(This post really is geared toward pregnant mothers who are trying to decide whether or not to ”try” breastfeeding.)
Oddly enough, I typed this into a search engine to see what would come up, and not much did. Maybe it was the way I worded it (ie, if I put in “benefits of breastfeeding”, I wonder what would have come up?) However, I also wondered if perhaps we are not doing a great job in the medical world and the world of lactation consultants in getting the word out to the public about the very specific benefits of breastfeeding. Many mothers seem to “know” that breastfeeding *might* be better than not breastfeeding, but I wonder if mothers can think of very specific targeted benefits.
On that note, I thought I would write a list and have it handy on this blog. The references for this article came from the newly revised “The Womanly Art of Breastfeeding”, from Marsha Walker’s “Core Curriculum For Lactation Consultant Practice” and varioud PubMed studies.
Breastfeeding is the beginning of mothering. It is far more than just a way to feed your baby. The breast is the first place for a baby to go for warmth, security, love in addition to food. Breastfeeding is the place where you learn how to be attached and connected to your child.
Benefits For The Child:
Specific Components of Human Milk:
- Human milk is specific for our infants – mother’s milk matches more than 50 percent of the baby’s genetic material.
- Human milk is not “static” – there is colostrum from one to five days post-birth, transitional milk and mature milk. The composition of human milk also changes within one feeding period and changes over the 24-hour day.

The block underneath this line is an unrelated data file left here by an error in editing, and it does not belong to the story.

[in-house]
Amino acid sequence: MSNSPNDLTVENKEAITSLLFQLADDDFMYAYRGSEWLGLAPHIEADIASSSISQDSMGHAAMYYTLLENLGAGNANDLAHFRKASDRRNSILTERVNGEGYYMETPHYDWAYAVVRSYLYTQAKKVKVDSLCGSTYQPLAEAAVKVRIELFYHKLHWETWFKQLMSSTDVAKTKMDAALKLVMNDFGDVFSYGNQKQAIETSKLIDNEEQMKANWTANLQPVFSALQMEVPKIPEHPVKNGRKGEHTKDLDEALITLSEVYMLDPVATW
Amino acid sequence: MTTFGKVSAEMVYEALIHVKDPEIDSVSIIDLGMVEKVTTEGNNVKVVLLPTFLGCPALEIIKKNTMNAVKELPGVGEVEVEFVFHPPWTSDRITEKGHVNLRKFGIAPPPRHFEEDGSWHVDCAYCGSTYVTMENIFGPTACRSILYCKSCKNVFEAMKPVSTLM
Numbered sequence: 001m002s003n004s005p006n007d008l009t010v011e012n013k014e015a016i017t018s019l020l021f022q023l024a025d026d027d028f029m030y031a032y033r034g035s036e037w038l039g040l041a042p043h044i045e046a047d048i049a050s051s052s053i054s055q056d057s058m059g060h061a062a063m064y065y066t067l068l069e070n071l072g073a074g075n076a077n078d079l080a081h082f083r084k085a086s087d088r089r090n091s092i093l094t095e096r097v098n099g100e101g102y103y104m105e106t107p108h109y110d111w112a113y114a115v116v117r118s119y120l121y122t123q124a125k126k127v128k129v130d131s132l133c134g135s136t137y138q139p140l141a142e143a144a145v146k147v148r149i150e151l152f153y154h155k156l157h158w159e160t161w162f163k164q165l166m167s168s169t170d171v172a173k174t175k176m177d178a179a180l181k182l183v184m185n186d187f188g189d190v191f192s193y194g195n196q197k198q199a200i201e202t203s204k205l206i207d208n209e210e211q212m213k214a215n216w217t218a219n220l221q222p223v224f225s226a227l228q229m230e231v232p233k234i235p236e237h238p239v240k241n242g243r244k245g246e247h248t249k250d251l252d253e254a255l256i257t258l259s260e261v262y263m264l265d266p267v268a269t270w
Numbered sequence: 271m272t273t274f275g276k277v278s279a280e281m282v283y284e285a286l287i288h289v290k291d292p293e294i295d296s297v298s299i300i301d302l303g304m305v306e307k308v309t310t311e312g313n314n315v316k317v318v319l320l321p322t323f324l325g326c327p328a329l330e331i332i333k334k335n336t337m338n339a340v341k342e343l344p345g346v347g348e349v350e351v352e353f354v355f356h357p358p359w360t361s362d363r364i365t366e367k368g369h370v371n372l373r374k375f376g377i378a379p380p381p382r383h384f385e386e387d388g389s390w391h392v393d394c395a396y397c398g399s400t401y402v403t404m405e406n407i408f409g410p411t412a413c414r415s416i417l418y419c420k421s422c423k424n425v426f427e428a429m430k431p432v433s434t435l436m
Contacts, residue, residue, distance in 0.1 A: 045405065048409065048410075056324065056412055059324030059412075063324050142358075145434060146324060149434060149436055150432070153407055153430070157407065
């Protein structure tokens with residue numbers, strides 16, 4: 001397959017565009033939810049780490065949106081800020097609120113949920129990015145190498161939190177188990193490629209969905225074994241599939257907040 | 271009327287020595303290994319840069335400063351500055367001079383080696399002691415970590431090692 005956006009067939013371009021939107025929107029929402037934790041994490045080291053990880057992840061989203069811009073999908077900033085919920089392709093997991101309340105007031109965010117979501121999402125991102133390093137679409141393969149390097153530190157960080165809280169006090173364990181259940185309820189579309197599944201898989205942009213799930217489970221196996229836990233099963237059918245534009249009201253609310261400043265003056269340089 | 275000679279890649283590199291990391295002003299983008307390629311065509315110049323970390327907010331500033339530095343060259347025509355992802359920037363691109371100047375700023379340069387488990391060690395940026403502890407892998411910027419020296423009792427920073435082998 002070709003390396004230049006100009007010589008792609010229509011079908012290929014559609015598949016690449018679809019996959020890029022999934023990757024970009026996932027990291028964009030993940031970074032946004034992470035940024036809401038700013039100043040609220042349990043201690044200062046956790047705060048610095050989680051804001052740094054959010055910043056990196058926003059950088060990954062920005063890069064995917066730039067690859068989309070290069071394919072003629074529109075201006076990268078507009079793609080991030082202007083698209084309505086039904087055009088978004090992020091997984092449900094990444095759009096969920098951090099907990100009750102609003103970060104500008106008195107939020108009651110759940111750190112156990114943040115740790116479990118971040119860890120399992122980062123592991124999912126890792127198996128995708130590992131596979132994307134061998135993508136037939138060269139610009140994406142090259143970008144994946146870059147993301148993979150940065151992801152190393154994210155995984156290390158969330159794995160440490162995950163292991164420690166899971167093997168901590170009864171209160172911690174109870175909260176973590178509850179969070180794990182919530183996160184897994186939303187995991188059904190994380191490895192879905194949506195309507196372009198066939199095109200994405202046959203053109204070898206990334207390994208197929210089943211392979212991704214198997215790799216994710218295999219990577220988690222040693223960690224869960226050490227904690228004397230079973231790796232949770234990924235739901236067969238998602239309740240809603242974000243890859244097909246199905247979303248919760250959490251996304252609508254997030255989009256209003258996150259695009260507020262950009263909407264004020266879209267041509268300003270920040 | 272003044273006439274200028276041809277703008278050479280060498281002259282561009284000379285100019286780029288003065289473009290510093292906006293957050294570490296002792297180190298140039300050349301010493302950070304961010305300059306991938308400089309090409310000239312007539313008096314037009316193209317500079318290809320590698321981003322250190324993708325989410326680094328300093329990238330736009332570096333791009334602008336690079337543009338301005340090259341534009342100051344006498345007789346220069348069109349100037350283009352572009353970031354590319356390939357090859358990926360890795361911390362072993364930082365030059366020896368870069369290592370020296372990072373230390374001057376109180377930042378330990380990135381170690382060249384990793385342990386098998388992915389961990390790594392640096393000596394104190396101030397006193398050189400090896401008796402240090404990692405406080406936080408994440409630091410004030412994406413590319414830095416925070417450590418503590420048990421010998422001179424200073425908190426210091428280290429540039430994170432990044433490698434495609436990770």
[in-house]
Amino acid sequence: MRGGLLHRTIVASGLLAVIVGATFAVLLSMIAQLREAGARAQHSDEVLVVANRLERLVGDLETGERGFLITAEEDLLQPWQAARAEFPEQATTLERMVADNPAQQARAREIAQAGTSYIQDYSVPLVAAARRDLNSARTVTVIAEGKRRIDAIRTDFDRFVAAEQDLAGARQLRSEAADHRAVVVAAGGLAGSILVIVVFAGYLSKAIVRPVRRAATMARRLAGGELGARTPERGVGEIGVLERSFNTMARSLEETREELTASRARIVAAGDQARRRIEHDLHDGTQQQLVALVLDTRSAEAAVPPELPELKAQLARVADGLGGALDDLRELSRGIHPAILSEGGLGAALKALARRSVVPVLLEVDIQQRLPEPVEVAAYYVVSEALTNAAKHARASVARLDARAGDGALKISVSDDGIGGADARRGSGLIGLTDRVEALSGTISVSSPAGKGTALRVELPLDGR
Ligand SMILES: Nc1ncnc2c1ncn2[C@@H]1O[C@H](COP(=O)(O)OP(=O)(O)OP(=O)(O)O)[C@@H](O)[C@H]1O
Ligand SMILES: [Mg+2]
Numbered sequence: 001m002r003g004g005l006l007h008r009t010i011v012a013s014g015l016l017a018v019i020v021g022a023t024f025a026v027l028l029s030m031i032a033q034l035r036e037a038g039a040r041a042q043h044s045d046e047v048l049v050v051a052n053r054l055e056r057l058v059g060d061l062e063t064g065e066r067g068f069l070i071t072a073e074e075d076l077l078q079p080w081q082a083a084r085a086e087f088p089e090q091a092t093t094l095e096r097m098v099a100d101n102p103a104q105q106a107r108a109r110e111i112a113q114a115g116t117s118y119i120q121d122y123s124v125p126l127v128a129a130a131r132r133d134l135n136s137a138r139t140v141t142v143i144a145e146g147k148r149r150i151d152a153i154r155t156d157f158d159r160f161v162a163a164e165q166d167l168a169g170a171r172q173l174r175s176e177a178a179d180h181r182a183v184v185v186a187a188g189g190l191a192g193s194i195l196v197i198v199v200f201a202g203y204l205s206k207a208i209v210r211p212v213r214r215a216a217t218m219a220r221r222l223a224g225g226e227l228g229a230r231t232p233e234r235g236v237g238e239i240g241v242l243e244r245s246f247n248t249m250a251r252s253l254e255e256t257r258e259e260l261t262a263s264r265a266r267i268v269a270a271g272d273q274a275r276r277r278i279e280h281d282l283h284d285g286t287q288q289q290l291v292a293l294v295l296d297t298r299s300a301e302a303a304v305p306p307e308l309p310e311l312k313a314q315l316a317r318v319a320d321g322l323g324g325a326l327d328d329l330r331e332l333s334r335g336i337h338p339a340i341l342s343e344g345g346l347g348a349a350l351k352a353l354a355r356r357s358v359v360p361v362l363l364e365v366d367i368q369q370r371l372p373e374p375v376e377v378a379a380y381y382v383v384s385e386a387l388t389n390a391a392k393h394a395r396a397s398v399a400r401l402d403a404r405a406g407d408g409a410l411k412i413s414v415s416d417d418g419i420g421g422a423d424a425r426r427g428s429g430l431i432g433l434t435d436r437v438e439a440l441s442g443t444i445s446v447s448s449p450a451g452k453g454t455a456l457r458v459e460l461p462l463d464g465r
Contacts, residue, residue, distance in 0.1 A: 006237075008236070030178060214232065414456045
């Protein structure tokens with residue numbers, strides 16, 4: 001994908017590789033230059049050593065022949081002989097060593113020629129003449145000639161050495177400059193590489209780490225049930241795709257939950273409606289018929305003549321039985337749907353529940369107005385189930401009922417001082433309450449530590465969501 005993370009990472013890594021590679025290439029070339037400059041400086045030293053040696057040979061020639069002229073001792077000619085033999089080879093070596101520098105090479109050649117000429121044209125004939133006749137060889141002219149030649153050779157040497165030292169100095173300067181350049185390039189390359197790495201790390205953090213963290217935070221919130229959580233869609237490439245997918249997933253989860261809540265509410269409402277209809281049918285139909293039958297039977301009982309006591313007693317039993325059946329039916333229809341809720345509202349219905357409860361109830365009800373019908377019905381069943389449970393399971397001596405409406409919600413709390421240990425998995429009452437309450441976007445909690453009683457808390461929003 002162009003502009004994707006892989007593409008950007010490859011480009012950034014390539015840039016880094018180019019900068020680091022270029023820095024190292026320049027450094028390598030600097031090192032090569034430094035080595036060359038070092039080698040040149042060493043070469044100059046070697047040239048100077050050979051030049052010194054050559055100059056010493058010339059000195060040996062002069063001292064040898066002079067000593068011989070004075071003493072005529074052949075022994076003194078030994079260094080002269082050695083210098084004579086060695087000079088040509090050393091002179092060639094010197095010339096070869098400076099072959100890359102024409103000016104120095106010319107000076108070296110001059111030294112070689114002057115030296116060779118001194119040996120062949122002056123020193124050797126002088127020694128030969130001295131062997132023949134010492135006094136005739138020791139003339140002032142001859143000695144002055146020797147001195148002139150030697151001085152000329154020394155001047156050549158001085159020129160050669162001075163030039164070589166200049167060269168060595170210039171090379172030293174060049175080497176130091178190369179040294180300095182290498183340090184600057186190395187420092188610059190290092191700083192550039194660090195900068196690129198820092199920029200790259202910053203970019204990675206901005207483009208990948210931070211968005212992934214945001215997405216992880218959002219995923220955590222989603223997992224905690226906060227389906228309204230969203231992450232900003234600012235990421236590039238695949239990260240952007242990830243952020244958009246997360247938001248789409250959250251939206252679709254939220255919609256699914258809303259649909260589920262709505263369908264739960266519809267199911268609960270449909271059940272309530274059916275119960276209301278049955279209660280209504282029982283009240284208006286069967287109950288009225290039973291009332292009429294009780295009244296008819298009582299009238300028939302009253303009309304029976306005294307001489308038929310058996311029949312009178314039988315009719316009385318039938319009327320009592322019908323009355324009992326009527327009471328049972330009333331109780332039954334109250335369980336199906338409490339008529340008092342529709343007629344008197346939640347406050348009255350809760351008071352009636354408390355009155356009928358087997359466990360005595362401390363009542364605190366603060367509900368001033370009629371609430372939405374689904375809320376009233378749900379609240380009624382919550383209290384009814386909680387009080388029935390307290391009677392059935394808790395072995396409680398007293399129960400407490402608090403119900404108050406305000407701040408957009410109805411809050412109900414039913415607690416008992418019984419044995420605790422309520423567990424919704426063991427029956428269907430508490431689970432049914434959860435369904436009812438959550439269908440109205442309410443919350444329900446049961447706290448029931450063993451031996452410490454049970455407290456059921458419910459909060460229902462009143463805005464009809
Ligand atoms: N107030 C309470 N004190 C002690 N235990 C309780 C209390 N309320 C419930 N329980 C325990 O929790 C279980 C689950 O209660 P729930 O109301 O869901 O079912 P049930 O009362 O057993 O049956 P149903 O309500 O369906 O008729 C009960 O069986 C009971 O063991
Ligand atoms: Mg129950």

- Human milk contains the aroma and flavors of the mother’s diet which is what the baby smelled and tasted in utero.
- Human milk has very little residual; the baby’s kidneys and liver don’t have to work as hard to digest human milk
- The protein in human milk is whey (in cow’s milk, the predominate protein is casein) –> the total protein in human milk is very low
- Human milk contains 19 amino acids essential to development. Taurine is essential for the development of the brain and the retina and other processes and is not found in cow’s milk.
- Human milk has mucins that kill cancer cells in vitro
- Human milk has Secretory IgA that coats the mucosal surfaces inside the baby’s gut and prevents pathogens from invading.
- Human milk has more than 40 enzymes in it for digestion and to stimulate neonatal development
- Human milk has hormones and hormone-like substances in it that provide anti-inflammatory properties.
- Human milk has growth factors in it that aid the growth of nerves, gut maturity.
- Human milk has lactose which assists in the absorption of calcium and iron
- Human milk has cholesterol which is very important in infants and small children in order to lay down myelin sheaths that surround nerve and increase nerve conduction. There typically is little to no cholesterol in formula.
- Human milk has fatty acids
- Human milk has Vitamin A, Carotene, Vitamin D, Vitamin D and Vitamin K – (Vitamin K is highest in colostrum), along with a wide range of water-soluble vitamins including Vitamin B12 and a wide range of minerals and trace elements.
- The iron in human milk is better absorbed due to the presence of lactose in milk.
- Human milk has lactoferrin that helps prevent necrotizing enterocolitis and prevents infection in addition to transporting iron.